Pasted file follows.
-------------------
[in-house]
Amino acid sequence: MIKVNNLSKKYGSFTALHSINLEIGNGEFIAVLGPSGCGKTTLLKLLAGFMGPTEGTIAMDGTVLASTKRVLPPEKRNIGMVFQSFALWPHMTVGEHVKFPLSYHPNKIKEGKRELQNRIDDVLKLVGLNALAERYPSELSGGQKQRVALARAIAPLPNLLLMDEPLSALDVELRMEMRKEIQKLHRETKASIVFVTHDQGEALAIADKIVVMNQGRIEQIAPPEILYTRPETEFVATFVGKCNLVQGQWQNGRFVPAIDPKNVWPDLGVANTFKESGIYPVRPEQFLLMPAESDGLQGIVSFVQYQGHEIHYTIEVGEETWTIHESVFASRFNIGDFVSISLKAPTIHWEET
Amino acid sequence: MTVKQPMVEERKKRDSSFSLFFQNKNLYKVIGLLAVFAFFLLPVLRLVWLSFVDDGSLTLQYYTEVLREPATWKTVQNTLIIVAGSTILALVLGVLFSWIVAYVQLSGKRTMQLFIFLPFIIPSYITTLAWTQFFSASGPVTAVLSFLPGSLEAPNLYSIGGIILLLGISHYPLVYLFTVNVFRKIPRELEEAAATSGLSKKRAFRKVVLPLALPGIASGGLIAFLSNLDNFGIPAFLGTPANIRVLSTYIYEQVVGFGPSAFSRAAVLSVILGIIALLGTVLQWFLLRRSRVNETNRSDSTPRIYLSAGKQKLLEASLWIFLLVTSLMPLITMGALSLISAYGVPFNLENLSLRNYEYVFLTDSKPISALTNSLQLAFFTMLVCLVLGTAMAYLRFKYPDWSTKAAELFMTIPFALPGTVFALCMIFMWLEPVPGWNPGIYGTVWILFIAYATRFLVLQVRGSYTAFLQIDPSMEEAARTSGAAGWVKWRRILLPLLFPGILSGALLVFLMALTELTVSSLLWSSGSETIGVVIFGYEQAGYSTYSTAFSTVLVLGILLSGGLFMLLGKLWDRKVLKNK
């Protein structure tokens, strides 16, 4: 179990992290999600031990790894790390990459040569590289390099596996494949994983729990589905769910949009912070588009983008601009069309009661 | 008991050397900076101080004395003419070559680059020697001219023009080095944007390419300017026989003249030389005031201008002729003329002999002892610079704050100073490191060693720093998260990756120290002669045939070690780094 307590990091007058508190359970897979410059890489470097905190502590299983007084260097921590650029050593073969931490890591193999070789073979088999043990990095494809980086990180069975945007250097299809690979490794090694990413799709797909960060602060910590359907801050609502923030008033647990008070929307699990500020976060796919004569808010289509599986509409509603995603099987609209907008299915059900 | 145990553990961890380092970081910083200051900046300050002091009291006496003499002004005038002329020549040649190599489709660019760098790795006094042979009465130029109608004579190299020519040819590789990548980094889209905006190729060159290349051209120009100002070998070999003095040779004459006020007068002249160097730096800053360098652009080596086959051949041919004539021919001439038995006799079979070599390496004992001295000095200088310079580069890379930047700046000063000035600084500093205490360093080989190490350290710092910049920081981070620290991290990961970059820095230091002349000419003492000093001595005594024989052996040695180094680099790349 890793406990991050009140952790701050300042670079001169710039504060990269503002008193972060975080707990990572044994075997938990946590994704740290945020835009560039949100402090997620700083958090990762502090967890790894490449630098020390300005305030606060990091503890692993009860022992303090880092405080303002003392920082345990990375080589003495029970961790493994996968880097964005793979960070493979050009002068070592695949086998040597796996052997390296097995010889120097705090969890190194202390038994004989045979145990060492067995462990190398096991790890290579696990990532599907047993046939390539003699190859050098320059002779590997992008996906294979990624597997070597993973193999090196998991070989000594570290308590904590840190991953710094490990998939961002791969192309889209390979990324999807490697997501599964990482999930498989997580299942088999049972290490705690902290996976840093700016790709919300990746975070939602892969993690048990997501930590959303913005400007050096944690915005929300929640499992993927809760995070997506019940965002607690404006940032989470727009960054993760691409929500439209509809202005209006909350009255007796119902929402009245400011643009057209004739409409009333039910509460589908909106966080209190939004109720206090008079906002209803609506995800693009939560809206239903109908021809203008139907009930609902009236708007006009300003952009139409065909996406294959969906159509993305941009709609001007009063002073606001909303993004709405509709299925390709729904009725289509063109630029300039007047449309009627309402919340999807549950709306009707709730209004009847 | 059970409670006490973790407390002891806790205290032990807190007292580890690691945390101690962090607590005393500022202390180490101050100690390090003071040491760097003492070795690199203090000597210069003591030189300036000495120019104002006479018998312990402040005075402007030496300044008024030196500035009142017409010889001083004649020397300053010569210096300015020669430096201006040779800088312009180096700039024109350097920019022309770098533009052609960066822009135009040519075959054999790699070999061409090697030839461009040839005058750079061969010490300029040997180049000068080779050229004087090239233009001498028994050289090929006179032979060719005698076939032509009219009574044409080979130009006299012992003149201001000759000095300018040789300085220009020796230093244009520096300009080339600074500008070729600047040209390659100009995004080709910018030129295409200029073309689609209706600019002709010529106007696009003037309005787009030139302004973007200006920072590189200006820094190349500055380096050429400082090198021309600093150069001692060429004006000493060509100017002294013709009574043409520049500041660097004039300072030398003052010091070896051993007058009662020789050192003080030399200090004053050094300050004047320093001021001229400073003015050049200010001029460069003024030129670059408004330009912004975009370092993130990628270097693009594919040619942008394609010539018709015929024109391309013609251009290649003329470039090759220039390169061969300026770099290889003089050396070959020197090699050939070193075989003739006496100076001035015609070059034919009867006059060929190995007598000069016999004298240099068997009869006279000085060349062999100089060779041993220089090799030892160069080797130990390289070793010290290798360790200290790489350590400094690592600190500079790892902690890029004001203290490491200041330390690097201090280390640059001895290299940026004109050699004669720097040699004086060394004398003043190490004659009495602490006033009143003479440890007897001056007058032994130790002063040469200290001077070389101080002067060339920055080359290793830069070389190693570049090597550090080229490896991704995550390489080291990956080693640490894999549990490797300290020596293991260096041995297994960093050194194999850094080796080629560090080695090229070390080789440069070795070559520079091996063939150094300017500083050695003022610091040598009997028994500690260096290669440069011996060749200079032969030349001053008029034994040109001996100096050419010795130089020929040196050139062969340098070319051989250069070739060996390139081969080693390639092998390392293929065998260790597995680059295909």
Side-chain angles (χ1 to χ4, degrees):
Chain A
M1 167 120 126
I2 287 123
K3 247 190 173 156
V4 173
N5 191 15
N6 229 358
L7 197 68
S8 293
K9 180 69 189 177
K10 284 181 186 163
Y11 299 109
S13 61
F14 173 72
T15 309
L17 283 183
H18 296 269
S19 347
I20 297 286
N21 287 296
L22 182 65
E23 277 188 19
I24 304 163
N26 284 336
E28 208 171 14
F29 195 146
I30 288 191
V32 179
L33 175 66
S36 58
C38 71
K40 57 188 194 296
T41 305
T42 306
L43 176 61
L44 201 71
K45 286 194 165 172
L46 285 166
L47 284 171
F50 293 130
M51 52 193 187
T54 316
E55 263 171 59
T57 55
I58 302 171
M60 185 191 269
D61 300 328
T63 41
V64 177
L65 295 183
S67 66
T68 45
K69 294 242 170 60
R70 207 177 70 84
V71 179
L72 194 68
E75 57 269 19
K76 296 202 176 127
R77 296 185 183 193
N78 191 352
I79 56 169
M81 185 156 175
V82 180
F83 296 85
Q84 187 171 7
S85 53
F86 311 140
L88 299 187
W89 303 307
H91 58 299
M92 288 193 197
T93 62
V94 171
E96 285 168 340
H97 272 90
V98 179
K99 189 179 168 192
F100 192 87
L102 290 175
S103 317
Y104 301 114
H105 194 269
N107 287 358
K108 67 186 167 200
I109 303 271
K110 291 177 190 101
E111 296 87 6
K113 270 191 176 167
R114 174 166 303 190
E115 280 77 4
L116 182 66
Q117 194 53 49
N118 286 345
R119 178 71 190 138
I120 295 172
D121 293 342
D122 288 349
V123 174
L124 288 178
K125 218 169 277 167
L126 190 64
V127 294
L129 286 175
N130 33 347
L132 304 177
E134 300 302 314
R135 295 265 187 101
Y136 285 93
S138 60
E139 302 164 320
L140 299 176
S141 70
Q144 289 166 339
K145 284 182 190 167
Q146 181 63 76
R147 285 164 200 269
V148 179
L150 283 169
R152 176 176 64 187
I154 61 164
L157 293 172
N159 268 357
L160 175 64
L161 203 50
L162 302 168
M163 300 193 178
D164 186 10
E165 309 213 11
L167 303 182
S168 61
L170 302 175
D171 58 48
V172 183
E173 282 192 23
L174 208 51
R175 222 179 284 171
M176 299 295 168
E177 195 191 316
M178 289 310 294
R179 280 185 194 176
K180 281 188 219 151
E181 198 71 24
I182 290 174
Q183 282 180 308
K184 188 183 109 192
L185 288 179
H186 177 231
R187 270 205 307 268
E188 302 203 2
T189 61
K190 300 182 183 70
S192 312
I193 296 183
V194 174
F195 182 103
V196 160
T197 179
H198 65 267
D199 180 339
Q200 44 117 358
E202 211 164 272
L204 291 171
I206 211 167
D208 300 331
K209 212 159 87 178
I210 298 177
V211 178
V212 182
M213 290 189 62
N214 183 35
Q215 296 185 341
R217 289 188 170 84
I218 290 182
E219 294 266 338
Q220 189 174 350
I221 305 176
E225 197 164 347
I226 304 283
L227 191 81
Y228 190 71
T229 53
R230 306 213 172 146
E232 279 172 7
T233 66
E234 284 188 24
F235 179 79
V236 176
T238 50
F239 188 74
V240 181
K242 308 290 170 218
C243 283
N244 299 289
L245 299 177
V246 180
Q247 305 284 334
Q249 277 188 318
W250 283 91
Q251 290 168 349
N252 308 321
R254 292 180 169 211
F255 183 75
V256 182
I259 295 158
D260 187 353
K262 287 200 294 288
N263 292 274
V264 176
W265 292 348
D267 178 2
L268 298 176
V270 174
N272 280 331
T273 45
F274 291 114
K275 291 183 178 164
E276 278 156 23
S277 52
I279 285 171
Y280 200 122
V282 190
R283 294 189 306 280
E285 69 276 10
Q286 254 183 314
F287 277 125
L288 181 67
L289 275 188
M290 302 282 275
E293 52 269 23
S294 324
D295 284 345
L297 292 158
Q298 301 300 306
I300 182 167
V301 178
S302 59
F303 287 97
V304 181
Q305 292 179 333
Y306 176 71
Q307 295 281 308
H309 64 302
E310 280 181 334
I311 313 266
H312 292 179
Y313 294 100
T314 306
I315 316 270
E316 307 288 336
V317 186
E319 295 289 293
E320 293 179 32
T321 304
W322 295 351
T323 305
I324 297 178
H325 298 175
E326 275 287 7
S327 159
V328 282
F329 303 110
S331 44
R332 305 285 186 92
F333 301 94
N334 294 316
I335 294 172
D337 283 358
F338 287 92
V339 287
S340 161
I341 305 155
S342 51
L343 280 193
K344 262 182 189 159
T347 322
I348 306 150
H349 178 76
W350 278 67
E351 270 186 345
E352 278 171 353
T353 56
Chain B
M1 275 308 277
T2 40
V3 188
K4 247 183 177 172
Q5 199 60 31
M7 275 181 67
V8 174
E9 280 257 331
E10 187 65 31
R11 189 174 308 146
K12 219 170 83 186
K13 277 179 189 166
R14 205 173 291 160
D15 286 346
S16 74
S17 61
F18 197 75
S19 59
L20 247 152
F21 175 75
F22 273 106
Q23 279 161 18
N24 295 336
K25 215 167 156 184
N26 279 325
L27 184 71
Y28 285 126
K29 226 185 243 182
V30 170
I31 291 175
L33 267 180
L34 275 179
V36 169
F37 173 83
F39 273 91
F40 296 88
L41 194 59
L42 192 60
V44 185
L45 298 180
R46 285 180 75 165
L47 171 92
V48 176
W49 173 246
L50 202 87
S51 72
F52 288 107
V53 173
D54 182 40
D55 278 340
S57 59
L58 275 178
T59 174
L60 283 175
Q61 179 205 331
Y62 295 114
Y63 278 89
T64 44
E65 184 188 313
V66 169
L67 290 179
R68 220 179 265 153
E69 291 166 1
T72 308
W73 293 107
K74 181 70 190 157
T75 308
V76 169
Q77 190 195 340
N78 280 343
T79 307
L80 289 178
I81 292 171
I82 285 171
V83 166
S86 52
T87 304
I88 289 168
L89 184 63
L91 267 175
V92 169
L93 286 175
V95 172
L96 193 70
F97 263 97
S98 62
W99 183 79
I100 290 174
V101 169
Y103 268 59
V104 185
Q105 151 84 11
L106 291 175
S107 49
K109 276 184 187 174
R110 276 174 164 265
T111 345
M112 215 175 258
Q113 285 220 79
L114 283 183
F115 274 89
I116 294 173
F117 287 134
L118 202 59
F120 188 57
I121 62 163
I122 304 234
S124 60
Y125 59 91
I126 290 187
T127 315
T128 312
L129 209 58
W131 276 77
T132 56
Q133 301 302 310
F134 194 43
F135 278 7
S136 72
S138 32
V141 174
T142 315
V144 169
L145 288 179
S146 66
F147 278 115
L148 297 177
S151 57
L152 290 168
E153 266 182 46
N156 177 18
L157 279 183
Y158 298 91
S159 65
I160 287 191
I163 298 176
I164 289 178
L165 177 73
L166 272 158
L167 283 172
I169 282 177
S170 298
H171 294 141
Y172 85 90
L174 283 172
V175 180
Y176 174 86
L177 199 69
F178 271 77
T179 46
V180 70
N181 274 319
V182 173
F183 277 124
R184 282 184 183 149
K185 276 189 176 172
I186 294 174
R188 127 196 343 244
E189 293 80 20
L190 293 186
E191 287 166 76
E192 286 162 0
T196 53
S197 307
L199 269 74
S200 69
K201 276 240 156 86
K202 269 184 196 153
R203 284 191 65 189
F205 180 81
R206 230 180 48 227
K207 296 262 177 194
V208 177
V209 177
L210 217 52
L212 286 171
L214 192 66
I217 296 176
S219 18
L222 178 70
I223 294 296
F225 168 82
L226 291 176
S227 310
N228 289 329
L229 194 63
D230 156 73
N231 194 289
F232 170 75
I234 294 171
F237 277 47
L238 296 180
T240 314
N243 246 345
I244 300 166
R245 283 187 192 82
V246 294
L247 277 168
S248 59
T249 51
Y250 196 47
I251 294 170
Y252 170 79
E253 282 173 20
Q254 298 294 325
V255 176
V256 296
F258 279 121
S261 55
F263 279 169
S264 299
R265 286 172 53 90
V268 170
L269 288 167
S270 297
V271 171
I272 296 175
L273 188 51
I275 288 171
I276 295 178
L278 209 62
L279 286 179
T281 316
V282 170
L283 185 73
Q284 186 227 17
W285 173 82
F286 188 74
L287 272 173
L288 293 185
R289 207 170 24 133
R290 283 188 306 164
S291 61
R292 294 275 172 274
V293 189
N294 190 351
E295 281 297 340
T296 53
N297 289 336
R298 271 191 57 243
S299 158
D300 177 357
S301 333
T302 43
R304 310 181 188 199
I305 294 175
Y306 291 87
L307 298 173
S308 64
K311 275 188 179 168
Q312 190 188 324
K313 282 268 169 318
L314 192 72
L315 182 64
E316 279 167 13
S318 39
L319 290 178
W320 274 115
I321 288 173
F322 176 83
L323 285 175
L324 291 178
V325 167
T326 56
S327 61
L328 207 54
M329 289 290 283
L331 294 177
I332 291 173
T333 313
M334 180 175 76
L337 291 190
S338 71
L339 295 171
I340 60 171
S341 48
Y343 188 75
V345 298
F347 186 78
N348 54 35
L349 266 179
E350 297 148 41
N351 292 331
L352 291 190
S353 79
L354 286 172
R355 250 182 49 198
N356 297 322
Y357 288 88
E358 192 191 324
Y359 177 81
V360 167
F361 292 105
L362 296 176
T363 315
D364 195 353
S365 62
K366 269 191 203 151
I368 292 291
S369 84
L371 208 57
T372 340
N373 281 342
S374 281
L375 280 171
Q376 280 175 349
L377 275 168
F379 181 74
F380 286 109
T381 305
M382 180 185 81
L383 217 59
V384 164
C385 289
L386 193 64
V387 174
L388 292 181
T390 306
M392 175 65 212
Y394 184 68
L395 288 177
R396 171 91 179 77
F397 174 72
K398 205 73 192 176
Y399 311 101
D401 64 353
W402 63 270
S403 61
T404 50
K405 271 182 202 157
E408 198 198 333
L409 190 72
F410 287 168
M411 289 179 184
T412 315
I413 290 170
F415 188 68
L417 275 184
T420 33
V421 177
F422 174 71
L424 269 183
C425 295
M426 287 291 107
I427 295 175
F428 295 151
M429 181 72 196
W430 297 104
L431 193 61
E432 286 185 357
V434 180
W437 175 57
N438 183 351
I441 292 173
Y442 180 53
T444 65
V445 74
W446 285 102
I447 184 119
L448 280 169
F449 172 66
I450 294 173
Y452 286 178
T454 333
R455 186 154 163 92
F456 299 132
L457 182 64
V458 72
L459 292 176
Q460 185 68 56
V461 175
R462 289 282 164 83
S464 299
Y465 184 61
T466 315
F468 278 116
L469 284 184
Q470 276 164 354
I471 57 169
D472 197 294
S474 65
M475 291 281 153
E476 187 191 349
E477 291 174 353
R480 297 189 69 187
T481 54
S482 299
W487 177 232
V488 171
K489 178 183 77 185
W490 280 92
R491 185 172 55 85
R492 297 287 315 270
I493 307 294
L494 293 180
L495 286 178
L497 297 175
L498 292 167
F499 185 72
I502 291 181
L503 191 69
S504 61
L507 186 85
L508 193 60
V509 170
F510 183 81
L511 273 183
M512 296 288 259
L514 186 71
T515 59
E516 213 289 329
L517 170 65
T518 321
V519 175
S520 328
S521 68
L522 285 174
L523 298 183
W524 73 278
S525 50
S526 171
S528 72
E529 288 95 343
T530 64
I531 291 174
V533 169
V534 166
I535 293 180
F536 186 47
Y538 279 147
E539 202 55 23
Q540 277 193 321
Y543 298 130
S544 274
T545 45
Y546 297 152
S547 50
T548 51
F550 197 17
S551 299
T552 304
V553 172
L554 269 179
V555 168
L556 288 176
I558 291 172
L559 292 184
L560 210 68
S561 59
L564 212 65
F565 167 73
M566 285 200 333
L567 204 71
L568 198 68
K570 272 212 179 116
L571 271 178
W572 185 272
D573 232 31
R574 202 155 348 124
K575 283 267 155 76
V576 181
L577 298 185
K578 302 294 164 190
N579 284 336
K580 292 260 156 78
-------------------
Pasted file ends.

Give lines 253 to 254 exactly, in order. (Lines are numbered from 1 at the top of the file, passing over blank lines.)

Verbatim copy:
I315 316 270
E316 307 288 336